"That would be too simplistic to say,” he said. “We are also restoring the traditional buildings here, building relations with the community, and supporting research.”
Both Kildrummy manor, where the Bentlys have taken up residence, and Glenkindie house, a 16th-century manor, are undergoing works to maintain their authentic look.
"Christopher often talks about wanting to restore the properties to exactly what they once were,” Mr Porter said. The Kildrummy Inn also recently underwent extensive refurbishment, while five holiday cottages will have “a full refresh” in the spring, including new kitchens and bedrooms.
Some of the housing on the estates is being refurbished to provide temporary homes for scientists working on projects there.
Farming will also continue on the land, Mr Porter said, with the Mains of Kildrummy being used as “a reference farm” where staff will trial regenerative farming practices. Some nine other tenant farms are still being let.
Relationship with the community
While conservation plans are well underway, some claim relations between the Bentlys and the local community have been fraught.
The closure of the Kildrummy Gardens, a popular visitor attraction, has been a particular bone of contention, with residents contacting MSPs to step in. Mr Porter, however, said they had been closed due to some rockfall, which is being repaired.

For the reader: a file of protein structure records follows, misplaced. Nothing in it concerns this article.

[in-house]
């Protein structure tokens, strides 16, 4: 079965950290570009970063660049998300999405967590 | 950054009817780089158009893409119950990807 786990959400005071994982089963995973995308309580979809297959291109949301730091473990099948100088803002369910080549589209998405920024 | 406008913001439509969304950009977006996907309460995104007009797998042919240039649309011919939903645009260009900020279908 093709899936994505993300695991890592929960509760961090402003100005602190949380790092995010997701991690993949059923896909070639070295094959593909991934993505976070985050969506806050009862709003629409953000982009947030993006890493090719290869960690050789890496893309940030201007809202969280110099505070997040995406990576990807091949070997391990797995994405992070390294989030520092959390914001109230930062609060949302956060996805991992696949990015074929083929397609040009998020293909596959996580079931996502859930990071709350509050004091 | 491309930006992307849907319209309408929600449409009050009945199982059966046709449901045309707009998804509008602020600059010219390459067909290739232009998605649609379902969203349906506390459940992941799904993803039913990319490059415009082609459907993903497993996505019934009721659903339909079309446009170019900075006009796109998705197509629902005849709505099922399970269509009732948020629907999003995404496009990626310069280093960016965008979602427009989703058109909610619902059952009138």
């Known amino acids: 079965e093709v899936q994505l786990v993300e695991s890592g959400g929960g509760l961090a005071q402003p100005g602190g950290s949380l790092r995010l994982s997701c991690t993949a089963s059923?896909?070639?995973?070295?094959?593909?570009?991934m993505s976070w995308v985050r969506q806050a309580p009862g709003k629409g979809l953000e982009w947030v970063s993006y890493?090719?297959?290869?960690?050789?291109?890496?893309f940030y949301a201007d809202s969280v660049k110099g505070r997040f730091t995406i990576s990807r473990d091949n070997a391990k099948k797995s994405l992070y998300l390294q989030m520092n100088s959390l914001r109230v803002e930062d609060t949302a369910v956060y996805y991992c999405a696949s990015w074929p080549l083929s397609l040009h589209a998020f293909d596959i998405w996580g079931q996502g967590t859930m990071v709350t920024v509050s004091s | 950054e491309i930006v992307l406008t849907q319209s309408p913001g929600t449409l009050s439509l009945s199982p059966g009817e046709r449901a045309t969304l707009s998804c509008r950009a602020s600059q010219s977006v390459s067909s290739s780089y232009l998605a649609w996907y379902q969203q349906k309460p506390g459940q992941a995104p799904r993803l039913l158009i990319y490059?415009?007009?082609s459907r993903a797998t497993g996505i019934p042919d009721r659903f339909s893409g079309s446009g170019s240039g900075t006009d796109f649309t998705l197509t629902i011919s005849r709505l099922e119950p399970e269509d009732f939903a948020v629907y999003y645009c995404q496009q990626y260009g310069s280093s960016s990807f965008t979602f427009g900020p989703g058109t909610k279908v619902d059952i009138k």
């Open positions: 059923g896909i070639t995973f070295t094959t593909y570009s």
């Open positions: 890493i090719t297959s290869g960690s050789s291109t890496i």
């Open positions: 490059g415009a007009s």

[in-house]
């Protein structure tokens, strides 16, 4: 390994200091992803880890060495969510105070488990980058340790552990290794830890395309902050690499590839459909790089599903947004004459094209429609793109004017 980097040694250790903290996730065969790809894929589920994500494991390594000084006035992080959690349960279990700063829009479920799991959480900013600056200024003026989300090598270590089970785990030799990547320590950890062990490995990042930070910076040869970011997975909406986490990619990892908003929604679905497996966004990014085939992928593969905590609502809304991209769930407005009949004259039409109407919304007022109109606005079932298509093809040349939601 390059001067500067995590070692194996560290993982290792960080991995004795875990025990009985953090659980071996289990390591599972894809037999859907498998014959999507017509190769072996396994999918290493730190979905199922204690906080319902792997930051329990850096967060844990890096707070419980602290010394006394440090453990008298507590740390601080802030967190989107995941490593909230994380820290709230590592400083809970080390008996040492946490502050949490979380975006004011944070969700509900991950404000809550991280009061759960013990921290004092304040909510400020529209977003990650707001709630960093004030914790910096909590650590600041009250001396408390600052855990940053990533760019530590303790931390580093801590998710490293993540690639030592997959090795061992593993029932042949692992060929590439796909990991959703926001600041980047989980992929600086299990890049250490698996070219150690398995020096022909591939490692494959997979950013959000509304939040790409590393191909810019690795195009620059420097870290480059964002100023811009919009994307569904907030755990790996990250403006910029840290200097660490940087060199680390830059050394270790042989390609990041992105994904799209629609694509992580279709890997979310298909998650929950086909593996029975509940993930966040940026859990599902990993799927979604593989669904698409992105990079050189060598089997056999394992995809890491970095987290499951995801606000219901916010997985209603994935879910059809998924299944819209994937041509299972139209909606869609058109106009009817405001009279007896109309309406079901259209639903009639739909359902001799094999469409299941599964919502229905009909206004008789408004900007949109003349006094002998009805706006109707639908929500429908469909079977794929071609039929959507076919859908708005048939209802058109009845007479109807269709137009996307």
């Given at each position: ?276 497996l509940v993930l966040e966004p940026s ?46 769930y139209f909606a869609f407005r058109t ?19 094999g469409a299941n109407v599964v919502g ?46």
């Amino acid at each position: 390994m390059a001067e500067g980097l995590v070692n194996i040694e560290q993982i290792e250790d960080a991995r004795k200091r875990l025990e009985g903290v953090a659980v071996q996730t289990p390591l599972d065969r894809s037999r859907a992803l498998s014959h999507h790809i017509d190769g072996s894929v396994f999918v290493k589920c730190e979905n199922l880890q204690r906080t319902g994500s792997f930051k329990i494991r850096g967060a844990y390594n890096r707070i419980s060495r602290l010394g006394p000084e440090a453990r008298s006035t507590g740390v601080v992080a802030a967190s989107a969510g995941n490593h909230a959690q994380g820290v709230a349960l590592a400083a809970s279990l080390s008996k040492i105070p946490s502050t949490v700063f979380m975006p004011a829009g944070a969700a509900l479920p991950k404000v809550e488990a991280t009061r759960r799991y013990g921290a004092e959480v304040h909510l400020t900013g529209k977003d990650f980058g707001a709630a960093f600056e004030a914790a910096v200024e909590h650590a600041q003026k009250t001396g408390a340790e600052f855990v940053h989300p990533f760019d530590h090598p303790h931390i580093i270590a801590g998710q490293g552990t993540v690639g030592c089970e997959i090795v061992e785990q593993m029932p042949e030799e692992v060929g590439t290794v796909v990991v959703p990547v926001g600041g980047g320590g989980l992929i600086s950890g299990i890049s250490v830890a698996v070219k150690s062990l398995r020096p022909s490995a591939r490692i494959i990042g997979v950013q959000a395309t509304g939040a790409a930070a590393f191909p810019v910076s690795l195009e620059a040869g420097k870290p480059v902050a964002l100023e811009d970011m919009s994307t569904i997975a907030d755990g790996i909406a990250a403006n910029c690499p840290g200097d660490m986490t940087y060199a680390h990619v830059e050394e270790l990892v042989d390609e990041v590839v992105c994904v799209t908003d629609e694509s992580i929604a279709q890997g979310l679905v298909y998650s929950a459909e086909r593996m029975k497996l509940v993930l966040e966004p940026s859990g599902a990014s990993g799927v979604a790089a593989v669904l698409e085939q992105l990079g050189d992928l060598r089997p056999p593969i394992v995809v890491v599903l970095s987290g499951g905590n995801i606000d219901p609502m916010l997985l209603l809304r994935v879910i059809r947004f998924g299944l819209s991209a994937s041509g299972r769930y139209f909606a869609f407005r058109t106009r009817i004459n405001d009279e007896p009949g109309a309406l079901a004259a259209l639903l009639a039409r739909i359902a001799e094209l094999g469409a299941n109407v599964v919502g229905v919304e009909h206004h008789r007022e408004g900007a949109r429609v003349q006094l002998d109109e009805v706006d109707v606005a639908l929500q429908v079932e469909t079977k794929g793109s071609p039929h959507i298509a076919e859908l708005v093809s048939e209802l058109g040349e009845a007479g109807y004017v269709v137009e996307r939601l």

There are also plans for both the Kildrummy and Glenkindie gardens to move away from their manicured, ornamental style to a more “natural” look. An internship in partnership with Aberdeen University to make this transformation is set to start in the spring.
"We are looking at developing the gardens into a smaller snapshot of some of the ideas being introduced on the wider estate,” Mr Porter said. "The gardens will become like a mini version of the estate.”
Questions have also been raised over the limited communication between the owners and the community about future plans. But Mr Porter said 2024 will see them “turn a corner”, with the launch of a new website detailing the Bentlys’ vision. He said from this year, the couple are also set to spend less time in the US so they can be “fully estate focused”.
"People are concerned when chunks of land in Scotland are bought that they will never see them again, but that’s not going to be the case here,” he said. "Outreach is high on my agenda.”
The Bentlys have been praised for bringing back the Kildrummy vintage car rally after it ceased several years ago. Some locals also claimed relations have improved, with tenants remarking on recent renovations to their homes, including new boilers.
The Bentlys purchased Kildrummy off Kildrummy (Jersey) Ltd for £11 million. The price of Glenkindie and Culquoich, rumoured to be an off market sale, was not disclosed.
The couple is at the helm of the Bently Foundation which supports environmental, arts, animal welfare and wildlife protection projects globally.
Mr Bently, who inherited a fortune of his industrialist father about a decade ago, is a past advisory board member for the Burning Man festival, which every year draw tens of thousands of people gather to Nevada's Black Rock Desert to create the temporary metropolis of Black Rock City.